« School finance litigation update |
Which canon of statutory construction am I? »
February 07, 2005
"See the ad Fox won't run"
It's a time-honored publicity technique: prepare an ad likely to be rejected by media outlets, and when they turn you down, complain to the press that you're being denied a fair hearing. A trial-lawyer-allied group called US Action is playing this game at the moment. It prepared a broadcast ad supportive of med-mal lawsuits, and critical of those who would limit such suits, and sent it to the networks. NBC, ABC, CBS and Fox all turned it down, saying it violated their broadcast standards for controversial issue advertising; only cable-based CNN agreed to run it. Before long the New York Times ran a story about the denial, an undeniable publicity coup for US Action. And the organization has followed up with a seemingly ubiquitous blog ad campaign (we've seen it on InstaPundit, Nathan Newman's Labor Blog, Virginia Postrel, Tapped, Ernie the Attorney, etc., etc.) inviting readers to view the must-be-hot-stuff taboo ad. So far, so familiar; that's how the publicity game is played in these cases.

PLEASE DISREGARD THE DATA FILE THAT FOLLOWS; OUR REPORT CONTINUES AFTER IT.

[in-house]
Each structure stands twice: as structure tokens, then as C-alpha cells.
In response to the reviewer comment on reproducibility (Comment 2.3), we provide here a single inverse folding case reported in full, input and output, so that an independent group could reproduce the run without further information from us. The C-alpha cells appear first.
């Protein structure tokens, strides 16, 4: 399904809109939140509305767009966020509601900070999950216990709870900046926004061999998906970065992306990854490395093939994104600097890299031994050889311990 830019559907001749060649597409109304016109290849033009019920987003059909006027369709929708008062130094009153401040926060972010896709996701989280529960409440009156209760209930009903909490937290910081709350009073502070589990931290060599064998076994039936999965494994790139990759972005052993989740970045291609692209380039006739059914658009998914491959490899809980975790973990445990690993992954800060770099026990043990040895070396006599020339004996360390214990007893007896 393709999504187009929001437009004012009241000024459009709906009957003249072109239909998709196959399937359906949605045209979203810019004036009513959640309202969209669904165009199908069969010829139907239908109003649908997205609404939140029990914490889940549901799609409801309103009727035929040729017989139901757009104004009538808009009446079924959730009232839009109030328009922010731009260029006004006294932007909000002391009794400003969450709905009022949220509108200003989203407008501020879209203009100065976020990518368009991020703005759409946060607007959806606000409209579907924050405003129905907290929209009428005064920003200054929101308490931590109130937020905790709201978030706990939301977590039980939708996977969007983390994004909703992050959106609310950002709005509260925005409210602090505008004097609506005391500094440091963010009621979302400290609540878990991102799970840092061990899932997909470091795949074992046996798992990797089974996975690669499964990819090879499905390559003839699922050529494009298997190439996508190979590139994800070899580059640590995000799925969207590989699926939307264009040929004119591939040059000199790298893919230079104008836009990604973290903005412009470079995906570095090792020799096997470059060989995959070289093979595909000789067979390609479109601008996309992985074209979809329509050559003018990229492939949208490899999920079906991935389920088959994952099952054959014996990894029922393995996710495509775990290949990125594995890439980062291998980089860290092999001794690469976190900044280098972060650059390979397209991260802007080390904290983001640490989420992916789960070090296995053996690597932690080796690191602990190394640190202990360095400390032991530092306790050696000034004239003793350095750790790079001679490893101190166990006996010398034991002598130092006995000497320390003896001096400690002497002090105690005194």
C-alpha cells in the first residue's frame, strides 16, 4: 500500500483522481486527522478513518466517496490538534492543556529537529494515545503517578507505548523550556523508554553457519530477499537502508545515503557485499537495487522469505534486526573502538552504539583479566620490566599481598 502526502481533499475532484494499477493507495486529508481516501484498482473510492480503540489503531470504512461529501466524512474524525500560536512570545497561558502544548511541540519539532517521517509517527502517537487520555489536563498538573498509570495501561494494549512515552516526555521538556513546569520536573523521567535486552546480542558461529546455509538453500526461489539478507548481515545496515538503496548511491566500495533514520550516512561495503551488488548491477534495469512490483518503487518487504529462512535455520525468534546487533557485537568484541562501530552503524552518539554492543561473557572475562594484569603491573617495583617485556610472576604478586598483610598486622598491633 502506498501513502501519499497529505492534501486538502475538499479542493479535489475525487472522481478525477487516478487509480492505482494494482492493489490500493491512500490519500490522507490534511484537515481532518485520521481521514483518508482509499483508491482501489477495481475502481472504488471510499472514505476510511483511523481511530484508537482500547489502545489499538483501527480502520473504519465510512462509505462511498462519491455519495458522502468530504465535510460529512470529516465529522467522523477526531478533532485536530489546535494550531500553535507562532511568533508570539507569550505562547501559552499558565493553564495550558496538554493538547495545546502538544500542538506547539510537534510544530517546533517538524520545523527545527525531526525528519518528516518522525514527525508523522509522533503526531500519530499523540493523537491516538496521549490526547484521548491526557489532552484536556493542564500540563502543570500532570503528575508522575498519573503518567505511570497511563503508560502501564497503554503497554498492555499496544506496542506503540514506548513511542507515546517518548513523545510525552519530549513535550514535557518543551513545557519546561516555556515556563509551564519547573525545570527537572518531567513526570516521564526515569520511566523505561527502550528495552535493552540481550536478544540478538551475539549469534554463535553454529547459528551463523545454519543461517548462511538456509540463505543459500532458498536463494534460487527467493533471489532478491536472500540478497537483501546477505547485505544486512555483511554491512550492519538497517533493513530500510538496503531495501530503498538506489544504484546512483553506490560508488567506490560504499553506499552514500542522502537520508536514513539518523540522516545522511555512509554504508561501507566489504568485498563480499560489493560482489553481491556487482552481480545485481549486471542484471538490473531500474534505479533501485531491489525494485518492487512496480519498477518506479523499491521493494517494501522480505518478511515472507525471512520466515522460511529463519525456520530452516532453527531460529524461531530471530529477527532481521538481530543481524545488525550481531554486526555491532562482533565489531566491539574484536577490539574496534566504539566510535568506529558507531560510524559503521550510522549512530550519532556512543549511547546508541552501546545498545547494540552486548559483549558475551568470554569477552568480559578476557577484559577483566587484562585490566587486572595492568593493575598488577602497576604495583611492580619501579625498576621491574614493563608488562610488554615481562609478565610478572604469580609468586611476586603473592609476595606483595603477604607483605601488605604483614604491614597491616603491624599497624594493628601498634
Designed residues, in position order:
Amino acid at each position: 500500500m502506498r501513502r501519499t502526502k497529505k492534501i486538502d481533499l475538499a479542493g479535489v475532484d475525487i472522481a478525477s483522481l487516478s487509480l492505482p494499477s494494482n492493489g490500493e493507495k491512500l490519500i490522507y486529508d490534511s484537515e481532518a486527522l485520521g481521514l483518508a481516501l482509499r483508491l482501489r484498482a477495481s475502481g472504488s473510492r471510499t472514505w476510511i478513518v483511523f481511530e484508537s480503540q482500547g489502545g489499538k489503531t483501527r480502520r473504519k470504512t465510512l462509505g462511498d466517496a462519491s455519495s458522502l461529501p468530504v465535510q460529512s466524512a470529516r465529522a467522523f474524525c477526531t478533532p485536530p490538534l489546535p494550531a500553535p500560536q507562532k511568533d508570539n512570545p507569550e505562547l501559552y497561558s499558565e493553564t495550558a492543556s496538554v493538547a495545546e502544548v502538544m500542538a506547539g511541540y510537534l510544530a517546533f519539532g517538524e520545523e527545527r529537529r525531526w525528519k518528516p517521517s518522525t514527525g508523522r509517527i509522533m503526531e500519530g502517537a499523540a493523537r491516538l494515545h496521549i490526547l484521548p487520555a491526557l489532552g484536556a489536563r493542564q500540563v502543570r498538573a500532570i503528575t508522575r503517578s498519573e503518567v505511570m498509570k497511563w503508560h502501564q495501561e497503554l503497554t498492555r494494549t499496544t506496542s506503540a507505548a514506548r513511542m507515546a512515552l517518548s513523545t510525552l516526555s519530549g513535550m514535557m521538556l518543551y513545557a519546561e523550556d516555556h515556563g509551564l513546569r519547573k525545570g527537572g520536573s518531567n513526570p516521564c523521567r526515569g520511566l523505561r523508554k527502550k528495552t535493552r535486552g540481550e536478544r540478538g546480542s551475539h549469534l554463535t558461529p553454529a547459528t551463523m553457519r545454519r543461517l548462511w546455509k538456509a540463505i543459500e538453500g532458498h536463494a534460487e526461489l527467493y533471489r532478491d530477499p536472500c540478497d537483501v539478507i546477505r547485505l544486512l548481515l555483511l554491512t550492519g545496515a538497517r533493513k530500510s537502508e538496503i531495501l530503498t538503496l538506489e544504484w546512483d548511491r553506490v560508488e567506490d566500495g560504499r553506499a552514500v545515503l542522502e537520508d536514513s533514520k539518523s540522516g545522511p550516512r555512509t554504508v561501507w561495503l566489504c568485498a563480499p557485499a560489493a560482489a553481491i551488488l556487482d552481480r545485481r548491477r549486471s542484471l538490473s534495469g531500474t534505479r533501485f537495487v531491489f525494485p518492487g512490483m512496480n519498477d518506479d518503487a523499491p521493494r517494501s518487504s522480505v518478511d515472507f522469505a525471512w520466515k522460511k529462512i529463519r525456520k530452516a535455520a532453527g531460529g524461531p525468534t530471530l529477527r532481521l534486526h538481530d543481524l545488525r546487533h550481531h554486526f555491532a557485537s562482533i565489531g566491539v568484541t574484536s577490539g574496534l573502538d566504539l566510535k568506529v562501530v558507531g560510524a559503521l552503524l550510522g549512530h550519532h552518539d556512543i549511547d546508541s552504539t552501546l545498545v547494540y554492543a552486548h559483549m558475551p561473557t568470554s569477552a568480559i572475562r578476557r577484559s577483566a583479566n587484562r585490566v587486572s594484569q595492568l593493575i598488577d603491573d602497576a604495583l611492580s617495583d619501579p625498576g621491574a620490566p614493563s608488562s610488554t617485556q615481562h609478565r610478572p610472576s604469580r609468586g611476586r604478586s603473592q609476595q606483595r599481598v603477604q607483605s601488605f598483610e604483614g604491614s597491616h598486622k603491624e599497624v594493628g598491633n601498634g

But the ad campaign does something sneaky and misleading. It entirely omits mentioning the three older networks, instead leaving readers with the impression that Rupert Murdoch's Fox News management is the primary obstacle keeping viewers from seeing the ad on air. In fact in a mere 38 words the ad manages to pack in four references to Fox News, three by name and one to the network's motto ("We report. You decide.").
Maybe the small space of the blog ad just couldn't accommodate the extra few characters needed to replace "the ad FOX won't run" with "the ad the broadcast networks won't run". Or maybe the devisers of the ad knew that their cause wouldn't seem as sympathetic if readers knew that CBS, ABC and NBC agreed with Fox in ruling the spot off bounds. Or maybe they knew a certain portion of readers who instinctively assume the worst of Fox would be more likely to click on the ad at the tingly thought of catching Rupert's minions misbehaving. Any of these are possibilities: we report, you decide. P.S. Brett Marston thinks he saw the ad on Fox's local affiliate in D.C.
Posted by Walter Olson at 12:04 AM
| TrackBack (1)
Medicine and Law